Moreover, the rigid SGP fiscal standards did not account for the ELB, and the corresponding scope for complementary fiscal and monetary policies. Further, national banking regulation and supervision were not consistent with monetary union needs, and this may have exacerbated various effects of the sovereign debt crisis. Crisis resolution mechanisms were initially under-developed, though were developed from the policy response to recent crises (e.g. Outright Monetary Transactions, European Stability Mechanism).
These experiences left policymakers with precious little policy space at the onset of the Covid-19 crisis, but the report also suggests that these challenges set the stage for an ambitious euro area-wide fiscal and monetary policy response to the pandemic.
At the level of the euro area, the discretionary fiscal response to the pandemic was considerably larger than the discretionary fiscal response to the financial crisis. Measures such as Next Generation EU also could indicate more lasting changes in EMU architecture. The ECB responded rapidly and aggressively through expanded large scale asset purchases and targeted longer-term lending to banks. The scale and swiftness of these policy responses reflect the lessons that policymakers learned from the recent crises.
However, there are still several challenges for policymakers moving forward, some of which are addressed in the report. For one, the ELB may bind for the foreseeable future, and this suggests considerable scope for complementary, expansionary fiscal policy in the years to come. The pandemic may also continue to have heterogeneous effects across regions and economic sectors in the euro area, and these heterogeneous effects call for structural policy and targeted fiscal policy measures, not changes in the monetary policy stance.
By extending the escape clause of the SGP and keeping interest rates low for longer, policymakers may help facilitate these fiscal responses. Relatedly, the report argues that the combination of make-up monetary policy strategies and expansionary counter-cyclical fiscal policies may promote price stability quite effectively.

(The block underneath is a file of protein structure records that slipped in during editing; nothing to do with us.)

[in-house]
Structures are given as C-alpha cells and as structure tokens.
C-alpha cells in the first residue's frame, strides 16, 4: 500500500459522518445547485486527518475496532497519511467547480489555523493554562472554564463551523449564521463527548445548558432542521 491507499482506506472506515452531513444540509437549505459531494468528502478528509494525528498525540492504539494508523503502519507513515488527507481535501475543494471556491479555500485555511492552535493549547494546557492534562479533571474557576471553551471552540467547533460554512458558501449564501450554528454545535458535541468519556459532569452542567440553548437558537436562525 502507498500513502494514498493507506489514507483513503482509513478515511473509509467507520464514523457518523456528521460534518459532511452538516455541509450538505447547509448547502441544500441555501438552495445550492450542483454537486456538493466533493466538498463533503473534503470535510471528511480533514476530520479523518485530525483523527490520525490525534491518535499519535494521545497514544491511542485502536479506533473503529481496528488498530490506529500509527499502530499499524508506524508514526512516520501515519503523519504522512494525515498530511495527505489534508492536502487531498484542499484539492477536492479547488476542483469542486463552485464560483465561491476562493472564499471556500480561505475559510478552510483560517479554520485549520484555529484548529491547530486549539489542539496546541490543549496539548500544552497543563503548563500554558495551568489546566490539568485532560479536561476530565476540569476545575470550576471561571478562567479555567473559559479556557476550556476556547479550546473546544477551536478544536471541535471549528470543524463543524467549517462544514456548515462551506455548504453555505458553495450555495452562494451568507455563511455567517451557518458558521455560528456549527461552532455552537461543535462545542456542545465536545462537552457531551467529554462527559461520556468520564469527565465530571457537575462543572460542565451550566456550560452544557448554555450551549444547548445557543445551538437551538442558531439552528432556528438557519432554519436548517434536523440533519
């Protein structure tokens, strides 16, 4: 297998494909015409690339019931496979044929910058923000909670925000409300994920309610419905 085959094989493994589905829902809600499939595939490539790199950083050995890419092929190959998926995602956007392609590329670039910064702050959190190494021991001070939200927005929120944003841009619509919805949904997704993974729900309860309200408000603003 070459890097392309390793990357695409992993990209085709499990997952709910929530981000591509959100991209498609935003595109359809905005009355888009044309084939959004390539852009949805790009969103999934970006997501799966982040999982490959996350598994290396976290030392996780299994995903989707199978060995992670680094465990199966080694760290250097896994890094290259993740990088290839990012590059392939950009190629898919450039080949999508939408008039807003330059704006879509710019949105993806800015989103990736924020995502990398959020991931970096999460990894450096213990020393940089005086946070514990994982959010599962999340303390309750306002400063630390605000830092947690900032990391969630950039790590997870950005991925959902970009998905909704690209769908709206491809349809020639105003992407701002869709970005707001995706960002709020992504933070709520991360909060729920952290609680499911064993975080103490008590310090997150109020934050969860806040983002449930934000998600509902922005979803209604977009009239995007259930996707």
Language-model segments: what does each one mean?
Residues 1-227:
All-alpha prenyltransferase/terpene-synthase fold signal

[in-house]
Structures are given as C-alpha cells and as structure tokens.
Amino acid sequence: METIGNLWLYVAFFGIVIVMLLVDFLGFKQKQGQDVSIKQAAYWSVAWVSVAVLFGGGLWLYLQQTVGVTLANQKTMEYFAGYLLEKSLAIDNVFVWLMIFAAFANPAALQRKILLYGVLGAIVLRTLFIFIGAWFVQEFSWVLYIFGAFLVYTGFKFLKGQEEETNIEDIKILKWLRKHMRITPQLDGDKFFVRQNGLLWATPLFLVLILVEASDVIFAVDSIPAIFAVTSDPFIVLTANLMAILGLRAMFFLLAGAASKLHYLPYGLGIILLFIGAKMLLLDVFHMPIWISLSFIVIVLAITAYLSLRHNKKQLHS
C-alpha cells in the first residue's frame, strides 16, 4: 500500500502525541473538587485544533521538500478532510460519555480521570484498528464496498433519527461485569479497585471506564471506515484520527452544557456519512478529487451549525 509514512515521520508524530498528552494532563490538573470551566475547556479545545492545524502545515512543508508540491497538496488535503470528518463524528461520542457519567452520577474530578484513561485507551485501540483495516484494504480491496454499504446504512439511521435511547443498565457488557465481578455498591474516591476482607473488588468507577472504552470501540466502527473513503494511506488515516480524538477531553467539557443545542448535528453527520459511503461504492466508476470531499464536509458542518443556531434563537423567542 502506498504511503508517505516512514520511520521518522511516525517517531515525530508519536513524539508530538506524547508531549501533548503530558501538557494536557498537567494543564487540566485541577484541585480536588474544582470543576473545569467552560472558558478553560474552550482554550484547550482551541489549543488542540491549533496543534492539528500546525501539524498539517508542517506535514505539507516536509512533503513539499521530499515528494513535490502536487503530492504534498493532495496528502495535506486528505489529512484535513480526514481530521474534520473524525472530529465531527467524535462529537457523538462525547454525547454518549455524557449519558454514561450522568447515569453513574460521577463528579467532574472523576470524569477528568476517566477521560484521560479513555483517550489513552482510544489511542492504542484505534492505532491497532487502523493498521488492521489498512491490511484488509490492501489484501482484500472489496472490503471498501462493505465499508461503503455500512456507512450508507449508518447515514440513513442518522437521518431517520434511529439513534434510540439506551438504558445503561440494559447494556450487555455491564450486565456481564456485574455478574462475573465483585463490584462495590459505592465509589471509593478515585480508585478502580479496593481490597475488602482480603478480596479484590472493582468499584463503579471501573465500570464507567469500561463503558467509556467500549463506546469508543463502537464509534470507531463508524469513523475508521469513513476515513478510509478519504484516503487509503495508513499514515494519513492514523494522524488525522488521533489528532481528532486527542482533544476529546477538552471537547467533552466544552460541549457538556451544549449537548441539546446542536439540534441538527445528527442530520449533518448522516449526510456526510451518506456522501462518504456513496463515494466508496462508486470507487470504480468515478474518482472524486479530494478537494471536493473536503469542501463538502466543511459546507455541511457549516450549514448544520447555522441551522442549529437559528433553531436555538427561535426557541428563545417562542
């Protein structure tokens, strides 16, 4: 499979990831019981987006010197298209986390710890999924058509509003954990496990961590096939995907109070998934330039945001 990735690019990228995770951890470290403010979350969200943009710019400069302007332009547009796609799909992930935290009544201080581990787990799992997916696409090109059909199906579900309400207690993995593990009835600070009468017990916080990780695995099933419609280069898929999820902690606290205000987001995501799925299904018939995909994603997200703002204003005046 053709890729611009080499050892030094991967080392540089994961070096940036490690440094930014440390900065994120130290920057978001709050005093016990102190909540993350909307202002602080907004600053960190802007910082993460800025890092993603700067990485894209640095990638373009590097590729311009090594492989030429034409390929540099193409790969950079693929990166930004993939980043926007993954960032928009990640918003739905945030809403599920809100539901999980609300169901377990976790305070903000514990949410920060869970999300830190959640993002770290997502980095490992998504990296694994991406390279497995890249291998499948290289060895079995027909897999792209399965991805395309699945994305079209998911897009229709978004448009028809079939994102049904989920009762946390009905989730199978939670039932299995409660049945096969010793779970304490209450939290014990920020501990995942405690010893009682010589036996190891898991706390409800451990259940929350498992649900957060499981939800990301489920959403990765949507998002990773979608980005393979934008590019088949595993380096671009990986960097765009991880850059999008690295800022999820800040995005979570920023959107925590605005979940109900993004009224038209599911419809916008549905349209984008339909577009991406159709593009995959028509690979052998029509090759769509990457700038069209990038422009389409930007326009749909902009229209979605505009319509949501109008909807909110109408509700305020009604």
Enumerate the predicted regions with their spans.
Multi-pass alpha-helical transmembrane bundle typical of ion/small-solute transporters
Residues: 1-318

An impending threat is the possibility of “fiscal dominance”, a scenario in which monetary policy measures are necessary for the stability of government debt. Fiscal dominance scenarios are associated with high inflation, volatile macroeconomic conditions and a loss central bank independence (e.g. see Sargent and Wallace (1982)). The prospect of fiscal dominance is not an immediate concern, but it may become relevant if debt levels continue to rise and fiscal reform is unlikely or inadequate.
The ECB’s strategy review work on monetary-fiscal interactions highlights an evolution of views on monetary-fiscal interactions and shows how to view the EMU experience and outlook from fresh perspectives. In a low interest rate environment, fiscal policy may complement monetary policy, and the existing architecture of the EMU may provide some limited room for monetary and fiscal authorities to play these complementary price-stabilizing roles.
At the same time, monetary dominance and price stability are of the utmost importance, and excessive, persistent fiscal deficits could threaten macroeconomic stability and central bank independence. The right monetary-fiscal policy mix for the euro area will be a topic of interest in the years to come, and there is much work to be done in this area before we can claim that we have left no stone unturned.
Sargent, Thomas J., and Neil Wallace, “Some Unpleasant Monetarist Arithmetic,” Federal Reserve Bank of Minneapolis Quarterly Review, Fall 1981, 1-17.